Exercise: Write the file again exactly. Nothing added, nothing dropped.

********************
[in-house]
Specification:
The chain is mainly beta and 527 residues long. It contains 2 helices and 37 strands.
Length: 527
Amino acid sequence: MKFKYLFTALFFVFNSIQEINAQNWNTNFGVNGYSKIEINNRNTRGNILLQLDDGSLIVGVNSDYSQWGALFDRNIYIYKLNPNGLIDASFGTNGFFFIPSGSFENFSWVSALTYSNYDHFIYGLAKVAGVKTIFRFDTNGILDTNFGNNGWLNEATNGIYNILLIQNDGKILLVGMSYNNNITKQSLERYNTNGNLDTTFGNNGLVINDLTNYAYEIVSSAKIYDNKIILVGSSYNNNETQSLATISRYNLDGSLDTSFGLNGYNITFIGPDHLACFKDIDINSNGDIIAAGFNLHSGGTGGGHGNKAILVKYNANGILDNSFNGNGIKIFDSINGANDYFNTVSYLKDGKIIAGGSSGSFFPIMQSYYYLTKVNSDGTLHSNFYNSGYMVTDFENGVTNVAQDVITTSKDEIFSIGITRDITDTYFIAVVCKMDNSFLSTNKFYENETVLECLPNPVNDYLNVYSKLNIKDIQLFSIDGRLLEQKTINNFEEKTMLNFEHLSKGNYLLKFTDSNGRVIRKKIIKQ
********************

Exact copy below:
[in-house]
Specification:
The chain is mainly beta and 527 residues long. It contains 2 helices and 37 strands.
Length: 527
Amino acid sequence: MKFKYLFTALFFVFNSIQEINAQNWNTNFGVNGYSKIEINNRNTRGNILLQLDDGSLIVGVNSDYSQWGALFDRNIYIYKLNPNGLIDASFGTNGFFFIPSGSFENFSWVSALTYSNYDHFIYGLAKVAGVKTIFRFDTNGILDTNFGNNGWLNEATNGIYNILLIQNDGKILLVGMSYNNNITKQSLERYNTNGNLDTTFGNNGLVINDLTNYAYEIVSSAKIYDNKIILVGSSYNNNETQSLATISRYNLDGSLDTSFGLNGYNITFIGPDHLACFKDIDINSNGDIIAAGFNLHSGGTGGGHGNKAILVKYNANGILDNSFNGNGIKIFDSINGANDYFNTVSYLKDGKIIAGGSSGSFFPIMQSYYYLTKVNSDGTLHSNFYNSGYMVTDFENGVTNVAQDVITTSKDEIFSIGITRDITDTYFIAVVCKMDNSFLSTNKFYENETVLECLPNPVNDYLNVYSKLNIKDIQLFSIDGRLLEQKTINNFEEKTMLNFEHLSKGNYLLKFTDSNGRVIRKKIIKQ